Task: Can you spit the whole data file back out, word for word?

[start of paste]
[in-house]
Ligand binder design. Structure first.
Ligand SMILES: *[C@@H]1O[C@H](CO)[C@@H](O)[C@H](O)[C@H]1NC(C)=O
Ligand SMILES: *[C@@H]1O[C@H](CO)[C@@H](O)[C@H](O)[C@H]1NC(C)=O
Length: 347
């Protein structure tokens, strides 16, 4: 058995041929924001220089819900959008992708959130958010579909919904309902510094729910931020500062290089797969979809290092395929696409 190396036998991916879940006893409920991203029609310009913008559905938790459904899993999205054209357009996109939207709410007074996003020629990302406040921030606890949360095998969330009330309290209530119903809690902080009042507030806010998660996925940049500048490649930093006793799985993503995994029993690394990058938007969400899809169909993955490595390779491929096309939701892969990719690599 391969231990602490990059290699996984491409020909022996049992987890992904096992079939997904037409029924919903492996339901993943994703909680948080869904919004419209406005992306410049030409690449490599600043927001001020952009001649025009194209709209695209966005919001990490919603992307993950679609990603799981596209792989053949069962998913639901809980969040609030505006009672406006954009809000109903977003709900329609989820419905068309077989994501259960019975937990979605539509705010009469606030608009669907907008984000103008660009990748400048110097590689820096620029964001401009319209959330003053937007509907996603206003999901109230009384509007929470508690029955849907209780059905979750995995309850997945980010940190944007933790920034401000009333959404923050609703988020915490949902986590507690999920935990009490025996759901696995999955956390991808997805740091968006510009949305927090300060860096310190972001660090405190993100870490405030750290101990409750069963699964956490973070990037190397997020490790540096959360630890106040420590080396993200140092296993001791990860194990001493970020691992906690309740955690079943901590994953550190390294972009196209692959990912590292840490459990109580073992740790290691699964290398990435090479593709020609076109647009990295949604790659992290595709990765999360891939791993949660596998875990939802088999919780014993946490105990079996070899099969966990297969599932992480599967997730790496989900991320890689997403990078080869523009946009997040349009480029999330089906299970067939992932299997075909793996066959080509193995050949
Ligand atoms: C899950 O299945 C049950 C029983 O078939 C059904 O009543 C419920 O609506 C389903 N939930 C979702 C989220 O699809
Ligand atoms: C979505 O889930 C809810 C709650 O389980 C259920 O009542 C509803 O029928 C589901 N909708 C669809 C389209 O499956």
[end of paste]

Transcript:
[in-house]
Ligand binder design. Structure first.
Ligand SMILES: *[C@@H]1O[C@H](CO)[C@@H](O)[C@H](O)[C@H]1NC(C)=O
Ligand SMILES: *[C@@H]1O[C@H](CO)[C@@H](O)[C@H](O)[C@H]1NC(C)=O
Length: 347
């Protein structure tokens, strides 16, 4: 058995041929924001220089819900959008992708959130958010579909919904309902510094729910931020500062290089797969979809290092395929696409 190396036998991916879940006893409920991203029609310009913008559905938790459904899993999205054209357009996109939207709410007074996003020629990302406040921030606890949360095998969330009330309290209530119903809690902080009042507030806010998660996925940049500048490649930093006793799985993503995994029993690394990058938007969400899809169909993955490595390779491929096309939701892969990719690599 391969231990602490990059290699996984491409020909022996049992987890992904096992079939997904037409029924919903492996339901993943994703909680948080869904919004419209406005992306410049030409690449490599600043927001001020952009001649025009194209709209695209966005919001990490919603992307993950679609990603799981596209792989053949069962998913639901809980969040609030505006009672406006954009809000109903977003709900329609989820419905068309077989994501259960019975937990979605539509705010009469606030608009669907907008984000103008660009990748400048110097590689820096620029964001401009319209959330003053937007509907996603206003999901109230009384509007929470508690029955849907209780059905979750995995309850997945980010940190944007933790920034401000009333959404923050609703988020915490949902986590507690999920935990009490025996759901696995999955956390991808997805740091968006510009949305927090300060860096310190972001660090405190993100870490405030750290101990409750069963699964956490973070990037190397997020490790540096959360630890106040420590080396993200140092296993001791990860194990001493970020691992906690309740955690079943901590994953550190390294972009196209692959990912590292840490459990109580073992740790290691699964290398990435090479593709020609076109647009990295949604790659992290595709990765999360891939791993949660596998875990939802088999919780014993946490105990079996070899099969966990297969599932992480599967997730790496989900991320890689997403990078080869523009946009997040349009480029999330089906299970067939992932299997075909793996066959080509193995050949
Ligand atoms: C899950 O299945 C049950 C029983 O078939 C059904 O009543 C419920 O609506 C389903 N939930 C979702 C989220 O699809
Ligand atoms: C979505 O889930 C809810 C709650 O389980 C259920 O009542 C509803 O029928 C589901 N909708 C669809 C389209 O499956």